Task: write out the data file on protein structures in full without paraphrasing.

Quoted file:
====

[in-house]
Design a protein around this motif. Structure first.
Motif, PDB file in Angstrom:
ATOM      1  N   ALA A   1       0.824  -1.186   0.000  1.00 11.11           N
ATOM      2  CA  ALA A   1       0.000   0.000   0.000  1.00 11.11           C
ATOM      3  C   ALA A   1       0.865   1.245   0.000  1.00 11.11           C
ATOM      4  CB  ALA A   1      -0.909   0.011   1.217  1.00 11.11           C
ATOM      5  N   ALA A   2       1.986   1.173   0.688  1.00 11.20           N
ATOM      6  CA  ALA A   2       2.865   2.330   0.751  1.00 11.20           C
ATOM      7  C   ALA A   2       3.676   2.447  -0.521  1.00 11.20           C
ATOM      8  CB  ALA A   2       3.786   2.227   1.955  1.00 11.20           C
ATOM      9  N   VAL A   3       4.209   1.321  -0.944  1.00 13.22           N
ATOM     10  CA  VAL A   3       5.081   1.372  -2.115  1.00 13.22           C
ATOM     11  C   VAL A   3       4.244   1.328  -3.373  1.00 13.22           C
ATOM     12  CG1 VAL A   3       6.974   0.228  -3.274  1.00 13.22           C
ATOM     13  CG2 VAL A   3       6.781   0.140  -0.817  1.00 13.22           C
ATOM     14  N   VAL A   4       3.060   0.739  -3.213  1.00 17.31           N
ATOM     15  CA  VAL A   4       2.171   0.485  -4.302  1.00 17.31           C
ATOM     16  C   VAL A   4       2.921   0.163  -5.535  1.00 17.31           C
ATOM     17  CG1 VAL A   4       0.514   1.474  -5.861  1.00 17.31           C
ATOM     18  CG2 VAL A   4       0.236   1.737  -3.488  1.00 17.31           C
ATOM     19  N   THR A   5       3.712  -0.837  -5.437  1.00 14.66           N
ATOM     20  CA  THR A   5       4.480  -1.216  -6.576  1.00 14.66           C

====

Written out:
[in-house]
Design a protein around this motif. Structure first.
Motif, PDB file in Angstrom:
ATOM      1  N   ALA A   1       0.824  -1.186   0.000  1.00 11.11           N
ATOM      2  CA  ALA A   1       0.000   0.000   0.000  1.00 11.11           C
ATOM      3  C   ALA A   1       0.865   1.245   0.000  1.00 11.11           C
ATOM      4  CB  ALA A   1      -0.909   0.011   1.217  1.00 11.11           C
ATOM      5  N   ALA A   2       1.986   1.173   0.688  1.00 11.20           N
ATOM      6  CA  ALA A   2       2.865   2.330   0.751  1.00 11.20           C
ATOM      7  C   ALA A   2       3.676   2.447  -0.521  1.00 11.20           C
ATOM      8  CB  ALA A   2       3.786   2.227   1.955  1.00 11.20           C
ATOM      9  N   VAL A   3       4.209   1.321  -0.944  1.00 13.22           N
ATOM     10  CA  VAL A   3       5.081   1.372  -2.115  1.00 13.22           C
ATOM     11  C   VAL A   3       4.244   1.328  -3.373  1.00 13.22           C
ATOM     12  CG1 VAL A   3       6.974   0.228  -3.274  1.00 13.22           C
ATOM     13  CG2 VAL A   3       6.781   0.140  -0.817  1.00 13.22           C
ATOM     14  N   VAL A   4       3.060   0.739  -3.213  1.00 17.31           N
ATOM     15  CA  VAL A   4       2.171   0.485  -4.302  1.00 17.31           C
ATOM     16  C   VAL A   4       2.921   0.163  -5.535  1.00 17.31           C
ATOM     17  CG1 VAL A   4       0.514   1.474  -5.861  1.00 17.31           C
ATOM     18  CG2 VAL A   4       0.236   1.737  -3.488  1.00 17.31           C
ATOM     19  N   THR A   5       3.712  -0.837  -5.437  1.00 14.66           N
ATOM     20  CA  THR A   5       4.480  -1.216  -6.576  1.00 14.66           C